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People Magazine Reviews, January 11, 1982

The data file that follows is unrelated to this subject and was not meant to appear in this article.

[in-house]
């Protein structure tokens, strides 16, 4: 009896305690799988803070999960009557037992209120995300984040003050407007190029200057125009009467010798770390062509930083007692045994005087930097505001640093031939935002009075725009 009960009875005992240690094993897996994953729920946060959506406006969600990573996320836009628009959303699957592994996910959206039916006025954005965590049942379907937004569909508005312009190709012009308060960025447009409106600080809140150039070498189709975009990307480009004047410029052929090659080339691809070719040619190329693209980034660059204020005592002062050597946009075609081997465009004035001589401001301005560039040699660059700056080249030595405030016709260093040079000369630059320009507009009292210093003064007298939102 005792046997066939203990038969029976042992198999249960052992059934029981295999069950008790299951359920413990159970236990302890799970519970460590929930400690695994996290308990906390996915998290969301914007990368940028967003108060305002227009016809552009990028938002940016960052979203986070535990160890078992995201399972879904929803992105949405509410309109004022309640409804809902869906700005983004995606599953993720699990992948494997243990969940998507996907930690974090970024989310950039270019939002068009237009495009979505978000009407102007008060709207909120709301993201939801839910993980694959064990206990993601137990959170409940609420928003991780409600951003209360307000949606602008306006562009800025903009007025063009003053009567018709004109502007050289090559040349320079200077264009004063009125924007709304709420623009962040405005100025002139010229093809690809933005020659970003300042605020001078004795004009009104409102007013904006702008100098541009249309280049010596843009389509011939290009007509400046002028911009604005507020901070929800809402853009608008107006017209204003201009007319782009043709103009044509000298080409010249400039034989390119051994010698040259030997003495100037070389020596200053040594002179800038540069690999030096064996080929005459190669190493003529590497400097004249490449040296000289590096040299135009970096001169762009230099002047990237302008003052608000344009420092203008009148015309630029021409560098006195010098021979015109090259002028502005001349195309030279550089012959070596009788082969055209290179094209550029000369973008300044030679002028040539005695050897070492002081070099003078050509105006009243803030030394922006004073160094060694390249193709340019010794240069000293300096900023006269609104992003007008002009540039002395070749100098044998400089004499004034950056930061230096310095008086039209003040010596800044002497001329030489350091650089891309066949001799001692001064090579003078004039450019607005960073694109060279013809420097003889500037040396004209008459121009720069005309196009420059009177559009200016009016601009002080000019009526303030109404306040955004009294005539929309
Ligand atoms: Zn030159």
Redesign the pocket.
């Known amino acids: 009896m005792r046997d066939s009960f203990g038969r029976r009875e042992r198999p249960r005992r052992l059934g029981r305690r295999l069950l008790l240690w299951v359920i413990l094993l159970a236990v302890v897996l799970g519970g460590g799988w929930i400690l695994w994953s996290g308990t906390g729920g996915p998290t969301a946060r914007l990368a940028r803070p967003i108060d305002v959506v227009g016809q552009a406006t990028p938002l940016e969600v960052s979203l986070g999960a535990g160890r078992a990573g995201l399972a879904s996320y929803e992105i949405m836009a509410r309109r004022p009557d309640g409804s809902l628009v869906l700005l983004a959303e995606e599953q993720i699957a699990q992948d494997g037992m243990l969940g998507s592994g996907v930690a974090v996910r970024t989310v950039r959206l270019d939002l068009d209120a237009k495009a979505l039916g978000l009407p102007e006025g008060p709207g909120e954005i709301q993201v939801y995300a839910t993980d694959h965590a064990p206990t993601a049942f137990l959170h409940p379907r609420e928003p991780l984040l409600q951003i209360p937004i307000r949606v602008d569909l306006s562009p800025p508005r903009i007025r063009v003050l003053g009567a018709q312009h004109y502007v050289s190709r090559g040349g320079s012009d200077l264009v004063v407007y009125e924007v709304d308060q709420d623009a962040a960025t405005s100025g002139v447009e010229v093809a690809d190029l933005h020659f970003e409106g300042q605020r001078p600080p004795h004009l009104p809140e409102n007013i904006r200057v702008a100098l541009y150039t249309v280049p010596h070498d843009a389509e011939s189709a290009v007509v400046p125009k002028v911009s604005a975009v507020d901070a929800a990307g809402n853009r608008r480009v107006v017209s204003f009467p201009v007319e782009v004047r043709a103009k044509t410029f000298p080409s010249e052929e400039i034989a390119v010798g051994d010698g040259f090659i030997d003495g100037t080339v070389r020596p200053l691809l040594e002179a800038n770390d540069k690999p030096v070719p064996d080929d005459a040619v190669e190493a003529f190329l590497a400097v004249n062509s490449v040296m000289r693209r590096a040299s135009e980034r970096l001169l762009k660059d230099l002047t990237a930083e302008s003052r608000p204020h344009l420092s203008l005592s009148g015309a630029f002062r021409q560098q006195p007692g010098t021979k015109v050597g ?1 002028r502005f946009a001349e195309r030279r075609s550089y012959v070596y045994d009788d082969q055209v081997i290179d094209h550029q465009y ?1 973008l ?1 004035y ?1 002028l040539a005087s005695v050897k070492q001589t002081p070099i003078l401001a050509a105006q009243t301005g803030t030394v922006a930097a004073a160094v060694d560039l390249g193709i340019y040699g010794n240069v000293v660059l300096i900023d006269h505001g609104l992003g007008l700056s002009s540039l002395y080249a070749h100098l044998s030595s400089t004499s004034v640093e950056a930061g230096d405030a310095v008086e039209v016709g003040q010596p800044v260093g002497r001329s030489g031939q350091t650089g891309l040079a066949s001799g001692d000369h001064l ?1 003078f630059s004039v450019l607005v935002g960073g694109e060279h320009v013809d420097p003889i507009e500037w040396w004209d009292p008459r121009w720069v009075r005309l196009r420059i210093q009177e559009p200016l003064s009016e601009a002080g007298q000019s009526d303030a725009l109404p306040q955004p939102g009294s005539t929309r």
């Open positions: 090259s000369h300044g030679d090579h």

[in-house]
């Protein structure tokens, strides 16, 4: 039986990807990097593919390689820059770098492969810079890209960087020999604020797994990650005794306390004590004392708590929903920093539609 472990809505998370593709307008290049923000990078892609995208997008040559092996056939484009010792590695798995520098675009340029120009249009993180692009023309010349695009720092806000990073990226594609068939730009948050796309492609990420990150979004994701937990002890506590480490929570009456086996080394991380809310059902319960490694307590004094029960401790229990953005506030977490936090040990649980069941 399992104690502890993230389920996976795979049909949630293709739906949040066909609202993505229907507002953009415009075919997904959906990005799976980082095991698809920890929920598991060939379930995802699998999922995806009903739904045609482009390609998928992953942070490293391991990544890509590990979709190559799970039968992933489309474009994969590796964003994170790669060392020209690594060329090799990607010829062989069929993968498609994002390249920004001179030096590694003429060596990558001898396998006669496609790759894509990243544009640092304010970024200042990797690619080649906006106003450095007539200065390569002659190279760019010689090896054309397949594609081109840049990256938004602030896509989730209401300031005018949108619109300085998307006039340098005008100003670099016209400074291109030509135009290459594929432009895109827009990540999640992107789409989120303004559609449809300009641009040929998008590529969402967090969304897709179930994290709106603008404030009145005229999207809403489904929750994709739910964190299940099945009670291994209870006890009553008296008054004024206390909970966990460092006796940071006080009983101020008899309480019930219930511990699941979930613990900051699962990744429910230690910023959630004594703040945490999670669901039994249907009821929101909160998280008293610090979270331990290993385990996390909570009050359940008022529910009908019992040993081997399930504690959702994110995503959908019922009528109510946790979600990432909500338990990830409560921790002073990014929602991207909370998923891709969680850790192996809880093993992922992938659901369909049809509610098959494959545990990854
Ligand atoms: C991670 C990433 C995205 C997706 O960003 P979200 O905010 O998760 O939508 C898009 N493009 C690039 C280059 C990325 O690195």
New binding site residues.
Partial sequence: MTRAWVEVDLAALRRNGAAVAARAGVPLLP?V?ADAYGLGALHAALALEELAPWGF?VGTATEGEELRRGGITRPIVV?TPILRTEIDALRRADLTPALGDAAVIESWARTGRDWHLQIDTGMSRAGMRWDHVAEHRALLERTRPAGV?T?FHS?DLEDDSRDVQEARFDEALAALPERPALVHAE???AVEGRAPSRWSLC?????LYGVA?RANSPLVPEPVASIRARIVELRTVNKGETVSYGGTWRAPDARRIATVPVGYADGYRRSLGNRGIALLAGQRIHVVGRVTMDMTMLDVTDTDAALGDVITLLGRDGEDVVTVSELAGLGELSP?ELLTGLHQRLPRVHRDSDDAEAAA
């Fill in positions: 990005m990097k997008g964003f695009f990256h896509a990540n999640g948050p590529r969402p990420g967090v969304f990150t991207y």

Buckingham, for better or worse, heightened Fleetwood Mac's 1979 Tusk LP into a daring statement that broke the group's stretched-thin pop-rock mold. On this first solo album, he sings every track and does all the backing up too, except for drum (Mick Fleetwood) and bass on one song and vocal harmony on two others. Like Tusk, this album reveals Buckingham to be a one-of-a-kind performer with a staggering array of voices. His harmonies are notably consistent from track to track -- he's a one-man Beach Boys. The rhythms range from the jungle-pop antics of Bwana to the slashing rock of Mary Lee Jones. Buckingham also does three standards, including the Anderson/Weill classic September Song, but his imprint makes each sound fresh, and his overlapping guitars are especially effective. This may not be as commercial a venture for Buckingham as Bella Donna was for his Fleetwood crony Stevie Nicks. But that's because this album's brilliance lies in the hard-to-assimilate synthesis of so many pop idioms.